There is much publicity regarding pre-nuptial agreements (pre-nups) entered into by the rich and famous particularly in the USA but more commonly now in the UK too. This can be due to people marrying later for socio economic reasons and increasing divorce rates leading to 2nd and 3rd marriages. But are they relevant to those with less deep pockets? The answer is often yes.
So what does a pre nup do?
A pre nup sets out in a legal agreement prior to the marriage how the couple intend their assets to be divided if they separate or divorce, and can include financial arrangements during the marriage.
Entering into a pre – nup allows:
- PROTECTION – protecting previous acquired wealth or inheritance (non matrimonial property), family business interests etc.
- CERTAINTY – allowing couples certainty as to how the assets would be divided if the relationship fails which could save money on costly litigation and minimise acrimony
- CLARIFICATION – how the couples finances are dealt with during the marriage giving transparency
So are they binding?
Currently they are not legally binding. On divorce the court still has the discretion to override the pre-nup when considering how to share the assets and income of a marriage. However, that being said, the court must also consider the pre nup as a ‘circumstance of the case’ along with all the other factors set out in s25 of the Matrimonial Causes Act 1973 which determine the division of assets on divorce.
In 2010, the Supreme Court dealt with a landmark case Radmacher v Granatino concerning the issue of pre nup agreements. The court said that if a nuptial agreement is freely entered into by both parties with full appreciation off its implications, then they should be held to it unless it would not be fair to do so.
So how does the court decide what is fair?
Radmacher said that to be fair:
- The agreement must be freely entered into without any duress , fraud, misrepresentation or one party exerting their dominant position over the other
- The parties must have a full appreciation of the implications, and whilst full and frank disclosure of finances is desirable, it is not essential if the party is aware of the full implication
- It must be fair to hold the parties to the agreement in the circumstances. It may not be for instance if it prejudices a child of the family.
To determine this, consider the principles set down by previous case law (White v White, Miller v Miller and McFarlane v McFarlane):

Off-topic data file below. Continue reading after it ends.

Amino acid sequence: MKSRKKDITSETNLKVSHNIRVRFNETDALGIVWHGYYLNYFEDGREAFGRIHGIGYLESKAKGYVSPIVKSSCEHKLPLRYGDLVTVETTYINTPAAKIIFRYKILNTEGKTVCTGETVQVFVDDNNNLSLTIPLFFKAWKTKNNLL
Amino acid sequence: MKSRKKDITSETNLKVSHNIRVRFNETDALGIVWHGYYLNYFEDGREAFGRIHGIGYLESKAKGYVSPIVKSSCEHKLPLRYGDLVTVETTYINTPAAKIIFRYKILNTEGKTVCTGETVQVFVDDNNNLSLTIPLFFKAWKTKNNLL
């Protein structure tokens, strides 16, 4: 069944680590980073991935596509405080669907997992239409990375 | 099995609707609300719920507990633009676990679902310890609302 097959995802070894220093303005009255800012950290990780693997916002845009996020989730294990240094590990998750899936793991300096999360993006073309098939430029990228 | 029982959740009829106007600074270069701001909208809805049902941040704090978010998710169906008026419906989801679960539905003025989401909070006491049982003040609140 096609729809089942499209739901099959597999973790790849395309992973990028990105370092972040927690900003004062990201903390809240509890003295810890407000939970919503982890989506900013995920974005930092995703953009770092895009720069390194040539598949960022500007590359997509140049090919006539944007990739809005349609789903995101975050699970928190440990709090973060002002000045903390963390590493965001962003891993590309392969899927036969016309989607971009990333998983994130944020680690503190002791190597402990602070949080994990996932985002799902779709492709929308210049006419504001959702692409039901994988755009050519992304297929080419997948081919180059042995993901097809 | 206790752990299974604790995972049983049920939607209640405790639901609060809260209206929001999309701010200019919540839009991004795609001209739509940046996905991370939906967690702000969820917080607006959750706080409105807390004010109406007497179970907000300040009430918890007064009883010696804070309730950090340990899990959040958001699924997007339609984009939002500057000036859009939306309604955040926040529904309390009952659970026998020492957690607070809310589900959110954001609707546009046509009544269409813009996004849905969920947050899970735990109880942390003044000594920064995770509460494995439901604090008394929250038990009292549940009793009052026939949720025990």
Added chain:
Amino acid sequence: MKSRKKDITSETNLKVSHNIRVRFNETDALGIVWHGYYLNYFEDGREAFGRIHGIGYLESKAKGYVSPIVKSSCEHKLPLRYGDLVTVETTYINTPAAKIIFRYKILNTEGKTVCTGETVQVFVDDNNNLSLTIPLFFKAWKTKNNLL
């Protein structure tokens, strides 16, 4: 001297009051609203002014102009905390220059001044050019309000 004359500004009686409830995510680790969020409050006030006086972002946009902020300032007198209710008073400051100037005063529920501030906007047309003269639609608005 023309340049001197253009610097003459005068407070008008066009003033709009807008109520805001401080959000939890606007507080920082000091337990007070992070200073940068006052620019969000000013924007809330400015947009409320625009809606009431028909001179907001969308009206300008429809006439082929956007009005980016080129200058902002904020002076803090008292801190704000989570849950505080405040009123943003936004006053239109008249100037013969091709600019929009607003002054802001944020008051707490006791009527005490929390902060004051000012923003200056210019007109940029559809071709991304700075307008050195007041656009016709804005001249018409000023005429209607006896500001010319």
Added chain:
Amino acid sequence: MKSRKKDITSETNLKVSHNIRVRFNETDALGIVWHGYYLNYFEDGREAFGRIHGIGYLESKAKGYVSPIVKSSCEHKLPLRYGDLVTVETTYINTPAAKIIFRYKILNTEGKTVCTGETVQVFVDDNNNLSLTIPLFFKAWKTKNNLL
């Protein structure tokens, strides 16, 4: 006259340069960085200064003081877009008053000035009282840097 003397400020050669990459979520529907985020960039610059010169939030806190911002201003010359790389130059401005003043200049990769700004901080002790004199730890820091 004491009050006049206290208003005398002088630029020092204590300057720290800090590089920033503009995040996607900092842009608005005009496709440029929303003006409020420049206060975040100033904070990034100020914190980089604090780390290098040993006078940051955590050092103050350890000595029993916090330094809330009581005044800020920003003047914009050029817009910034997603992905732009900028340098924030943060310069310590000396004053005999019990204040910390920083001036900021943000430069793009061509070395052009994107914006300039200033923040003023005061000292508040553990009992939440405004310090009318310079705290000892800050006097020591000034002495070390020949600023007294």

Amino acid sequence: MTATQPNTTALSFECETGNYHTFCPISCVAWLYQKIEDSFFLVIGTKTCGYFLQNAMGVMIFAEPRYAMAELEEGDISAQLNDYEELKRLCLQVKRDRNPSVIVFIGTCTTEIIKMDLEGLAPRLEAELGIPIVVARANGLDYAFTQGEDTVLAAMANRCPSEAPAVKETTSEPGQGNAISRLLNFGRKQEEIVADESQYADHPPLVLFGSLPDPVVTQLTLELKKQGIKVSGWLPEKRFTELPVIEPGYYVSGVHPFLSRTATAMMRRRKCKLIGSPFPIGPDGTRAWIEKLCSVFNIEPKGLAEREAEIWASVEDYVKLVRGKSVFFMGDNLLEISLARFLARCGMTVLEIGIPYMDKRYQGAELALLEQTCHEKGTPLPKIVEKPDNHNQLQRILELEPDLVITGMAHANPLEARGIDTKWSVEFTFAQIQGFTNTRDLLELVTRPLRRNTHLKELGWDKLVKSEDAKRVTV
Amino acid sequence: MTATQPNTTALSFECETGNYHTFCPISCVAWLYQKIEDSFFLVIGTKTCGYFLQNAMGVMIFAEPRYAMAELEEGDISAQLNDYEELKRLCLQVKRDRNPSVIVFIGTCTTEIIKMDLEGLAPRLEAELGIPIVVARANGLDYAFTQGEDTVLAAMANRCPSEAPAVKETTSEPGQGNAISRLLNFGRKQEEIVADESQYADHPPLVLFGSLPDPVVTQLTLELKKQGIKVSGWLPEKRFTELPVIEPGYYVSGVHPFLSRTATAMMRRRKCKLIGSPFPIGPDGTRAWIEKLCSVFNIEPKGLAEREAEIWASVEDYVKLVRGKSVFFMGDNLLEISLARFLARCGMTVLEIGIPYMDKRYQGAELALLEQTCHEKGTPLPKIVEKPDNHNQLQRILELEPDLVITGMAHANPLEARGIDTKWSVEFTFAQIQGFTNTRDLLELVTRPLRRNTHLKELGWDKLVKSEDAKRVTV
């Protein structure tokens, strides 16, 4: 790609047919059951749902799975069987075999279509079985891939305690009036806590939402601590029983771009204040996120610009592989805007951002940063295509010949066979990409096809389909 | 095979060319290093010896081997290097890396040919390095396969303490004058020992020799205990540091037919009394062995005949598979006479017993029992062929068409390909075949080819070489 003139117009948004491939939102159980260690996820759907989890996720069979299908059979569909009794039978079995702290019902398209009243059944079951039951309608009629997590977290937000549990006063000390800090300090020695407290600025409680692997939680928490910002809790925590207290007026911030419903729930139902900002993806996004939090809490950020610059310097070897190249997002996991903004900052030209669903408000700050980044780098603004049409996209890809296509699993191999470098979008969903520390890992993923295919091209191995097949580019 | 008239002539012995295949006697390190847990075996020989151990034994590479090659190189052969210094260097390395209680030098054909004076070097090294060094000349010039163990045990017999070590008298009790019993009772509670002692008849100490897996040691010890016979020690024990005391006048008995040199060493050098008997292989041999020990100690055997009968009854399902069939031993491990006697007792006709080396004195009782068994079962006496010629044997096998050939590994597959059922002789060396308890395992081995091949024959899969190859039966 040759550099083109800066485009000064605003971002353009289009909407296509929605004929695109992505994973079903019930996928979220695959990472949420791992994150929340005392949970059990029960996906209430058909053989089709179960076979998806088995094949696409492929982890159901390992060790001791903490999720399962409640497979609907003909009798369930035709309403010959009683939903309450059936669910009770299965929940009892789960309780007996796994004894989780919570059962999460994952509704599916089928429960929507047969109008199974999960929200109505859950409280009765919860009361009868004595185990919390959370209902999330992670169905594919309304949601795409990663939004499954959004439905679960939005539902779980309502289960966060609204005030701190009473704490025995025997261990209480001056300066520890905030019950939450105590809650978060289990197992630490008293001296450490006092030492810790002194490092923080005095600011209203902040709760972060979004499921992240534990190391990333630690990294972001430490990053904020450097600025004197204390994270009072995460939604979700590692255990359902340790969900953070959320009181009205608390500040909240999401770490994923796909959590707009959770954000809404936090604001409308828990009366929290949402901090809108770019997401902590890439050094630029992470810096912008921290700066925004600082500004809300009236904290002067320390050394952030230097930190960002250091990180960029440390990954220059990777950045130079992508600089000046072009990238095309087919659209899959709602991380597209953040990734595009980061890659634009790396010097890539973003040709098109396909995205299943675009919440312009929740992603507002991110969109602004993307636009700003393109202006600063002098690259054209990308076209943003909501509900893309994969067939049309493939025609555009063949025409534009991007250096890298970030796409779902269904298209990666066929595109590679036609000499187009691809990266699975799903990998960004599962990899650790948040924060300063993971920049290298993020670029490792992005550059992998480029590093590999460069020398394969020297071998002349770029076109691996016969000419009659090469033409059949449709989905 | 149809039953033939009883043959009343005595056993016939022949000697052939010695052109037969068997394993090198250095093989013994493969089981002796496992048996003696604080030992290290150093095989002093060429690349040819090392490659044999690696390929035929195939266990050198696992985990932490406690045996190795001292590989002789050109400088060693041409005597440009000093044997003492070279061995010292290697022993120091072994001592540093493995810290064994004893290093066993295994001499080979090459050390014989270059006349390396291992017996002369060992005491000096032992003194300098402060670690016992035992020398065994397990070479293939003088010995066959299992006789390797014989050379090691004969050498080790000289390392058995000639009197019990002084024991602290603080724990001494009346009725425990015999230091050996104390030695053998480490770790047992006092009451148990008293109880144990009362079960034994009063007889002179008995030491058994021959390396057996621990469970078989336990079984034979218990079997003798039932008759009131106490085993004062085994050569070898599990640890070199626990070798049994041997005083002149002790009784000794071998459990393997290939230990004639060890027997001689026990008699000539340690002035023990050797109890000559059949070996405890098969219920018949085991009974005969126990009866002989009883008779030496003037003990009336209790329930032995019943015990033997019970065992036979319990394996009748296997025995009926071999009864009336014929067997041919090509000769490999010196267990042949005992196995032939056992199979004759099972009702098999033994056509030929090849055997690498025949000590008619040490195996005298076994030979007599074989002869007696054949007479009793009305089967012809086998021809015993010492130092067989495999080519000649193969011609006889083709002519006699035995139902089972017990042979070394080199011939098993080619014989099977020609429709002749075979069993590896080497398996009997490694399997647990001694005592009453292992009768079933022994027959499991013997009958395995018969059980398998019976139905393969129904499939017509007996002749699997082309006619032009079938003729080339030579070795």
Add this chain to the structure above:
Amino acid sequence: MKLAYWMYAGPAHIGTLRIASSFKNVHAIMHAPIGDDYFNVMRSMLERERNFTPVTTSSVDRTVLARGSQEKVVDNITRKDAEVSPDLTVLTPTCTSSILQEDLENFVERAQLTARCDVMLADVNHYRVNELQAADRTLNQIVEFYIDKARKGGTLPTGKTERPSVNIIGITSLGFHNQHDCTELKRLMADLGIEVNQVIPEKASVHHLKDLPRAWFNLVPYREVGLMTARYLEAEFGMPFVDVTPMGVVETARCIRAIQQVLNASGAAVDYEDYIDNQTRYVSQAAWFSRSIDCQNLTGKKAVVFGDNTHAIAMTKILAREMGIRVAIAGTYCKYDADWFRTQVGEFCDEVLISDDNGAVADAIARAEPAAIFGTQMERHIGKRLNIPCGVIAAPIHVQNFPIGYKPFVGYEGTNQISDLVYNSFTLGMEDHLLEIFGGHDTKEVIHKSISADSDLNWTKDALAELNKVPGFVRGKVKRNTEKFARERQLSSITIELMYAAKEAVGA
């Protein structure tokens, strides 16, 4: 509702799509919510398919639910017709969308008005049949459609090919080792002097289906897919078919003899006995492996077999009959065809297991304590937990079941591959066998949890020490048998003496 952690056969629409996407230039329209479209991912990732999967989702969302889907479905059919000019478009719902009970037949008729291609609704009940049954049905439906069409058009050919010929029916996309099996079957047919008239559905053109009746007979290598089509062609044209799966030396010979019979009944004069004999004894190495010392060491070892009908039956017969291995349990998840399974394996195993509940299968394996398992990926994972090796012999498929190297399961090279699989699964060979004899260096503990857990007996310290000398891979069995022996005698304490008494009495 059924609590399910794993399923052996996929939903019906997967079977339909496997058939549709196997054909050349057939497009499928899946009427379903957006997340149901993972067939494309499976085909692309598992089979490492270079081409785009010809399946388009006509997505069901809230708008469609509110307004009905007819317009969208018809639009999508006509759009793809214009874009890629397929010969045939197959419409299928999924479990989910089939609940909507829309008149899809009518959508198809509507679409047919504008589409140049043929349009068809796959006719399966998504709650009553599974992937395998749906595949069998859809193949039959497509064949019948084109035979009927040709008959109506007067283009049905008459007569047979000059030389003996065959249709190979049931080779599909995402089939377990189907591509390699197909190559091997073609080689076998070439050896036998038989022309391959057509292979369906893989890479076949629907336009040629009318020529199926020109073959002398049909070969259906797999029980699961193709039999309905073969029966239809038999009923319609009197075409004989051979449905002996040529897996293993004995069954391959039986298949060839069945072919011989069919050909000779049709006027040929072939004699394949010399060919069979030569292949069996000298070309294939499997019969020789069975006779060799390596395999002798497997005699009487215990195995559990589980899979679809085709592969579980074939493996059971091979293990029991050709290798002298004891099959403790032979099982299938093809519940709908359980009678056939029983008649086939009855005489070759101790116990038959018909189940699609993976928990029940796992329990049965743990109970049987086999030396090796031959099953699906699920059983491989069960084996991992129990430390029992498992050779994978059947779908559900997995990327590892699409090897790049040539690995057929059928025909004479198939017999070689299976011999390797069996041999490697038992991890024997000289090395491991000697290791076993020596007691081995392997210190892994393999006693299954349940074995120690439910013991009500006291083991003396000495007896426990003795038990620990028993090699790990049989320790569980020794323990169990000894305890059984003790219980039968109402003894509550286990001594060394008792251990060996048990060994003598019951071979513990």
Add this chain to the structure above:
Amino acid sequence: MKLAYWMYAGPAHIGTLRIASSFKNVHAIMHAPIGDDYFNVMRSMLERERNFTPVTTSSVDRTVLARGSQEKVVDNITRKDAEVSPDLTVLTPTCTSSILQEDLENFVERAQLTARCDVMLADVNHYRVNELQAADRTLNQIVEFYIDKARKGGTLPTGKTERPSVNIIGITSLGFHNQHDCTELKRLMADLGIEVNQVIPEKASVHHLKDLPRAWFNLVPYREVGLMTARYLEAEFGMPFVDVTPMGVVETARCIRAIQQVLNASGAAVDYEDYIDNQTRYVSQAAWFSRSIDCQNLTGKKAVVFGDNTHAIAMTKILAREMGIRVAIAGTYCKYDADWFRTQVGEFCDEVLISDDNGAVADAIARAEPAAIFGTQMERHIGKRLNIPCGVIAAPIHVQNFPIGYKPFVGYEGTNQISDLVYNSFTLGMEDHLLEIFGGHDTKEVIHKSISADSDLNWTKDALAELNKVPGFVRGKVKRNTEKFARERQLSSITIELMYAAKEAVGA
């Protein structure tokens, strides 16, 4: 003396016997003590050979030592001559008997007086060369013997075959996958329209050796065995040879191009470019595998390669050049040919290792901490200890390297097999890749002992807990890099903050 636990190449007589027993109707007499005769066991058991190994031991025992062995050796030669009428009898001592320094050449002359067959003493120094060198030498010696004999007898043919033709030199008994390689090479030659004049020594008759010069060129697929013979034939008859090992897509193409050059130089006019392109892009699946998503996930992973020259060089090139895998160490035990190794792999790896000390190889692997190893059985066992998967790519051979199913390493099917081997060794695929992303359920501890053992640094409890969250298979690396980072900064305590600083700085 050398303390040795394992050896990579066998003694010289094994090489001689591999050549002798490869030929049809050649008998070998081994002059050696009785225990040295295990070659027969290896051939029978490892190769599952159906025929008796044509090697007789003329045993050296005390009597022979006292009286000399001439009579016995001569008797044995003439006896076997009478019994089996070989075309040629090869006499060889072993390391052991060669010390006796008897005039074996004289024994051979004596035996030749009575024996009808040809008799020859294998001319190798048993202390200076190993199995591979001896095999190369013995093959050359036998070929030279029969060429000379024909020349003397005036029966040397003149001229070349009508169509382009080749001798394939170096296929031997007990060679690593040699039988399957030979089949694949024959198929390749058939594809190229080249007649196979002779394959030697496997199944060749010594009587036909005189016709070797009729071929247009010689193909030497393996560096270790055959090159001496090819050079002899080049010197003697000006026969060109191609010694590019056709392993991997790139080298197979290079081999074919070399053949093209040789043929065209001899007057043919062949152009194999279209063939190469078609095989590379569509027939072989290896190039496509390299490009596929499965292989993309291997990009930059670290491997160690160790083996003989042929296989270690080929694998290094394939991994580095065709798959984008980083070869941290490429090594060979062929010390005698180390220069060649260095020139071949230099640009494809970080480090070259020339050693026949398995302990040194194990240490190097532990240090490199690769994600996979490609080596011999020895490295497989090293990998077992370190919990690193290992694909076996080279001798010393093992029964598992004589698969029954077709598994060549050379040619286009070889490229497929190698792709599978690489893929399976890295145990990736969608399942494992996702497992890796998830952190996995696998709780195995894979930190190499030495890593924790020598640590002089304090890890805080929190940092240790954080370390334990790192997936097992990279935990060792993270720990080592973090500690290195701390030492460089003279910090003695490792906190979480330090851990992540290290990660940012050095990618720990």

- Needs – this covers housing and financial needs. Again it goes back to the factors in s25 mentioned earlier and includes earning capacity both now and in the future, party’s ages, standard of living, health and any children.
- Compensation – has one party been able to pursue a career at the expense of the other, perhaps giving up their aspirations to care for children and support the other and in so doing has lost our on their own lucrative career? Fairness could in such a case lead to compensation being awarded
- Sharing – There is an expectation in a marriage that all assets will be shared. However there may be assets brought into the marriage by one party which they wish to preserve as non matrimonial property as opposed to assets generated during the marriage and this may be provided for within a pre nup. So if the pre nup provides that assets be shared in a way that meets those criteria, then it is more likely that the court will uphold it in the event of a dispute. However if one party is left in need whilst the other is comfortably well off, it is unlikely to be seen as fair. The Law Commission have been examining this difficult area of law since 2009. Their final report was published in 2014 together with a draft Bill. However the law remains the same currently.
However they propose that in future a nuptial agreement should be legally binding if it meets both parties’ financial needs and those of any children and complies with the following criteria:
- Valid – It must be contractually valid
- Formation – It must be validly executed as a deed
- Timing – It must not have been made within 28 days prior to the marriage
- Disclosure – Both parties must have received disclosure of material information about the other party’s situation when they entered into the agreement
- Legal advice- Both parties must have received legal advice at the time they entered into the agreement
This article only provides an overview and is not intended to replace individual advice. Each situation is different and needs expert advice based on your particular circumstances.
For an initial discussion and more detailed advice contact Janice Leyland on 01905 730450 or email email@example.com